Estimation of a Health Production Function: Evidence from East-European Countries
AbstractThe purpose of this study is to estimate a health production function for the 13 East European countries including Belarus, Bulgaria, Croatia, Czech Republic, Estonia, Hungary, Latvia, Lithuania, Poland, Romania, Slovakia, Slovenia and Ukraine. Using panel data from 1997 to 2005 on a diverse array of economic, demographic, environmental, and lifestyles factors as inputs, we analyze a health production function at the macro level in order to determine the most efficient way of allocating limited resources for improving the overall health status of countries in the sample. To control for individual country heterogeneity, we employ panel analytic methods of fixed effects, random effects, and Arellano – Bond estimator. The results indicate that economic growth as measured by GDP per capita growth, investment in human capital formation, and residence in urban areas significantly reduce infant mortality and thus improve the health status of countries in the sample. These findings are useful, not only for serving as background for health care policy decisions, but also for a better understanding of the factors that affect the health condition of the region.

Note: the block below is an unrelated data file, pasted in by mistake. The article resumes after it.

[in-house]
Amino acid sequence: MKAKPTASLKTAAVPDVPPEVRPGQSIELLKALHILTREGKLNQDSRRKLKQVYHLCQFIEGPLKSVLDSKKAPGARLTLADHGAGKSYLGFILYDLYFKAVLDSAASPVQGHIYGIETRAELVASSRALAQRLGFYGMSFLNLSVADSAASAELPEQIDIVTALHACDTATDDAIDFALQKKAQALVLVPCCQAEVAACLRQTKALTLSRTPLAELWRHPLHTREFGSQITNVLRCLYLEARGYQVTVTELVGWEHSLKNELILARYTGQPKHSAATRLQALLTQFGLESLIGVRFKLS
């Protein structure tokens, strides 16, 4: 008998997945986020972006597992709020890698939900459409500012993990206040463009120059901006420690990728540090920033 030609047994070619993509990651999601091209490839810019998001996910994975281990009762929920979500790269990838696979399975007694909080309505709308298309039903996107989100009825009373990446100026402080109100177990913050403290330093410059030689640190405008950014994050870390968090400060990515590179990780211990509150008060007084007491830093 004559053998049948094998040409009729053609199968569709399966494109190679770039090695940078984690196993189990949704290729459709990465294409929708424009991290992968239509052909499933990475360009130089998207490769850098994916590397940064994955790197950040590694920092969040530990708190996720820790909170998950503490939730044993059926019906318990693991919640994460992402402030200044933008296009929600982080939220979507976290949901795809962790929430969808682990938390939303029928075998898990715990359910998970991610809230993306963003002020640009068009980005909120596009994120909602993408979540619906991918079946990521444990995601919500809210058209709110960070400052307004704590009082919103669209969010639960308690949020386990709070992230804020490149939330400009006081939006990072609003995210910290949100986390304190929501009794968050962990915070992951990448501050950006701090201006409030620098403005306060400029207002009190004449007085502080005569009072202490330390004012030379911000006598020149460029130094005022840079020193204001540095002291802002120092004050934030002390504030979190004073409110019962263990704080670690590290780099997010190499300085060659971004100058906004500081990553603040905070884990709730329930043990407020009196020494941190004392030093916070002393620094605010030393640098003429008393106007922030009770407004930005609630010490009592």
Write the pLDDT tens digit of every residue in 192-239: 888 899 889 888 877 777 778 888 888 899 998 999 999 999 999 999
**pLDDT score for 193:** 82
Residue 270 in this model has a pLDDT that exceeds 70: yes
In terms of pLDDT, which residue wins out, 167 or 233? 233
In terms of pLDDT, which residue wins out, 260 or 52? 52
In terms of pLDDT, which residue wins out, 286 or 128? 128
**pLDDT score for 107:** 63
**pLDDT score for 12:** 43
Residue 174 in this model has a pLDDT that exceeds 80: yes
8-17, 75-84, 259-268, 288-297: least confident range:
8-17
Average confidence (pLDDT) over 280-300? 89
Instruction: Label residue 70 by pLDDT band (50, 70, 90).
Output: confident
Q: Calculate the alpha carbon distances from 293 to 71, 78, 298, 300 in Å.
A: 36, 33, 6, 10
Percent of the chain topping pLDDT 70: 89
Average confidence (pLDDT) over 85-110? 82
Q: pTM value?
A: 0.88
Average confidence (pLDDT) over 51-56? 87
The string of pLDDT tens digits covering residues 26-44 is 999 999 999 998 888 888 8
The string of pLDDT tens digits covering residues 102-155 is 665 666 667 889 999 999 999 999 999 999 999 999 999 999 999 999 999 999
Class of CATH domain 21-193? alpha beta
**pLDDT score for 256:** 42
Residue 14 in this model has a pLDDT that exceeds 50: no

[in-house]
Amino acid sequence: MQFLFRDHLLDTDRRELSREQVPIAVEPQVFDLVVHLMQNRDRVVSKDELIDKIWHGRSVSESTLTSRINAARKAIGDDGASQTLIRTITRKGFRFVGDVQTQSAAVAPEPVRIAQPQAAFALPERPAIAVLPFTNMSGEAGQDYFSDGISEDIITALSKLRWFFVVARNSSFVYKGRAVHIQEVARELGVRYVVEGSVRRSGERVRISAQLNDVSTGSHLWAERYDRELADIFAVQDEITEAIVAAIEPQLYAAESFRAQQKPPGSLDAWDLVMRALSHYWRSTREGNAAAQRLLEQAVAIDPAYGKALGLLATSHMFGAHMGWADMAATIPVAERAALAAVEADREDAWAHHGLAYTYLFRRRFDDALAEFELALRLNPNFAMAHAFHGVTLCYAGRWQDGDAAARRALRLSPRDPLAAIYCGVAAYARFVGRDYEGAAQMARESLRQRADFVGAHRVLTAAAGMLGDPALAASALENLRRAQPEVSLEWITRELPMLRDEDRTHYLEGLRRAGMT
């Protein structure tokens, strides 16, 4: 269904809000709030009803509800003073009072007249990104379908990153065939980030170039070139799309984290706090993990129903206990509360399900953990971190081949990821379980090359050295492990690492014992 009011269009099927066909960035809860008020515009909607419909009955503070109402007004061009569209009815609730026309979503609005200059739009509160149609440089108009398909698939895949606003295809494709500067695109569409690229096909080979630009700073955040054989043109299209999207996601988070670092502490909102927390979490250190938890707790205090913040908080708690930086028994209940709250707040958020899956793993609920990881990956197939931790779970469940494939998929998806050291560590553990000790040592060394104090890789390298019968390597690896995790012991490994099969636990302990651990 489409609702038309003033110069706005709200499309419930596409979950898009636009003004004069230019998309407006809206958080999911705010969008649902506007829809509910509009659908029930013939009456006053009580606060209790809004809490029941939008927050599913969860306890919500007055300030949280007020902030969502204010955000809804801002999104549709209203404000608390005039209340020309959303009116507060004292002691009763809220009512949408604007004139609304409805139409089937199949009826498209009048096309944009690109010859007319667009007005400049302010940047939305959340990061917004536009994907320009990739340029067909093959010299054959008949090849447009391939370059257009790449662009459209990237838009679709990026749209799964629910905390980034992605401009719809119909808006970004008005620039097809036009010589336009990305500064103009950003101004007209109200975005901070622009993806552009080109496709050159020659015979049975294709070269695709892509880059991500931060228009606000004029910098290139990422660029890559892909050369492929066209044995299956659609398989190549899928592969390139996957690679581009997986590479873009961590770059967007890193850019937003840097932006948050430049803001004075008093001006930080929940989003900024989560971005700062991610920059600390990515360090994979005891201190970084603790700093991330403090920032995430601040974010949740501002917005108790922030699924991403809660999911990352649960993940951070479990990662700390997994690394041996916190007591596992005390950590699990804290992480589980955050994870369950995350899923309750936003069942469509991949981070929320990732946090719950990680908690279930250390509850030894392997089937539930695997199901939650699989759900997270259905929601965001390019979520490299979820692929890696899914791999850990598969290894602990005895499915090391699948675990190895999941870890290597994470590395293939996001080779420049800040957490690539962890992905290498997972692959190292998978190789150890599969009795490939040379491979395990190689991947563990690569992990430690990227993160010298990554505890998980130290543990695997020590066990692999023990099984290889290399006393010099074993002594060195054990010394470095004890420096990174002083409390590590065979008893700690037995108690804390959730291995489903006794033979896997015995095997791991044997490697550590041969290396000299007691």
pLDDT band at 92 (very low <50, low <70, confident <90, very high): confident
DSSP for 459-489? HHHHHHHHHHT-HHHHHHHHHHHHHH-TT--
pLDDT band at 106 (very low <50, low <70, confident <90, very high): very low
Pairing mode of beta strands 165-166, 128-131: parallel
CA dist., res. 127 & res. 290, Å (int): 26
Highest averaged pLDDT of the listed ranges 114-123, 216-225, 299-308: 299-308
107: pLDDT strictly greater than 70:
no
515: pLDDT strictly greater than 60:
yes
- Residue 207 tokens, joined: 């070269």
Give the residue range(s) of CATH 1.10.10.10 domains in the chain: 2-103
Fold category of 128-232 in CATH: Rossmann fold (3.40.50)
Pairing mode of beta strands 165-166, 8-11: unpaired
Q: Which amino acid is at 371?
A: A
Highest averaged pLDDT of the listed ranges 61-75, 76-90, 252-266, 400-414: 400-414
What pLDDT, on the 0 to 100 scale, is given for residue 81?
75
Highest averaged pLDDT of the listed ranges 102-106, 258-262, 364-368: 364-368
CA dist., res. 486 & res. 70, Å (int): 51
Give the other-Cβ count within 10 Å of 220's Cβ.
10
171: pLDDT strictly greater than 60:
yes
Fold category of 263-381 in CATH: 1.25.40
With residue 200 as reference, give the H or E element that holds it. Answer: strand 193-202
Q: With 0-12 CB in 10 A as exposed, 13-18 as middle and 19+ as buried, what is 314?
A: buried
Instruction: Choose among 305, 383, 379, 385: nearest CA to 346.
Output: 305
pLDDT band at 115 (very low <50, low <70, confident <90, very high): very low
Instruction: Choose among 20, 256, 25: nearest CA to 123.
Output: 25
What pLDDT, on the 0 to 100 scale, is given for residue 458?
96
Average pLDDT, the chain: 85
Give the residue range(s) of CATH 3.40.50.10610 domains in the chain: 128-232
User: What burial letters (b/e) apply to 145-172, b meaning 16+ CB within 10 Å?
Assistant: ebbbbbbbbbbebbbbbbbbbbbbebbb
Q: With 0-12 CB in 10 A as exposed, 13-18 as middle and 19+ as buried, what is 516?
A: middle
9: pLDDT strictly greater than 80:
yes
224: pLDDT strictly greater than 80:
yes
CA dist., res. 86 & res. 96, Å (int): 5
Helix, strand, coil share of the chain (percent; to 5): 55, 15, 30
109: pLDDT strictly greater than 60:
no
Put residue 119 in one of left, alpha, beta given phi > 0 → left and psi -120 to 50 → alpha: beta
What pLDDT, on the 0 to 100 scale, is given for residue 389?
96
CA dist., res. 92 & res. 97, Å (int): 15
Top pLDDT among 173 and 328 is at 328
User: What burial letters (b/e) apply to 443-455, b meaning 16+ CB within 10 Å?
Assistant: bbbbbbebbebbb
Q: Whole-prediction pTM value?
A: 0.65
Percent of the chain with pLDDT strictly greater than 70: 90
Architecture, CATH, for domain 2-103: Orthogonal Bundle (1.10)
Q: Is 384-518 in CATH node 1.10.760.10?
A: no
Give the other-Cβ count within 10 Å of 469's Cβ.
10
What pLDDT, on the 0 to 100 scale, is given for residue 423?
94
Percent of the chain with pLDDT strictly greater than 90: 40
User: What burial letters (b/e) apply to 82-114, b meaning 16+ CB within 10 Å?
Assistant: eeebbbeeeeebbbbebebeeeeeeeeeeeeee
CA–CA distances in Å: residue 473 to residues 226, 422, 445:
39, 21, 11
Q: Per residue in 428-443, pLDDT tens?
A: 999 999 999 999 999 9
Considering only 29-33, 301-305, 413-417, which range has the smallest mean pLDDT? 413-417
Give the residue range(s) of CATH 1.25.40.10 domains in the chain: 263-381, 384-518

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Bibliographic InfoPaper provided by Middle Tennessee State University, Department of Economics and Finance in its series Working Papers with number 201104.
Date of creation: Jul 2011
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Web page: http://www.mtsu.edu/~berc/working/Economics_Working_Papers.html
More information through EDIRC
Health Status; Eastern European Countries; Fixed-Effects; Random-Effects; Arellano-Bond estimator;
Find related papers by JEL classification:
- I12 - Health, Education, and Welfare - - Health - - - Health Production
- I20 - Health, Education, and Welfare - - Education - - - General
This paper has been announced in the following NEP Reports:
- NEP-ALL-2011-08-09 (All new papers)
- NEP-EFF-2011-08-09 (Efficiency & Productivity)
- NEP-EUR-2011-08-09 (Microeconomic European Issues)
- NEP-HEA-2011-08-09 (Health Economics)
- NEP-TRA-2011-08-09 (Transition Economics)
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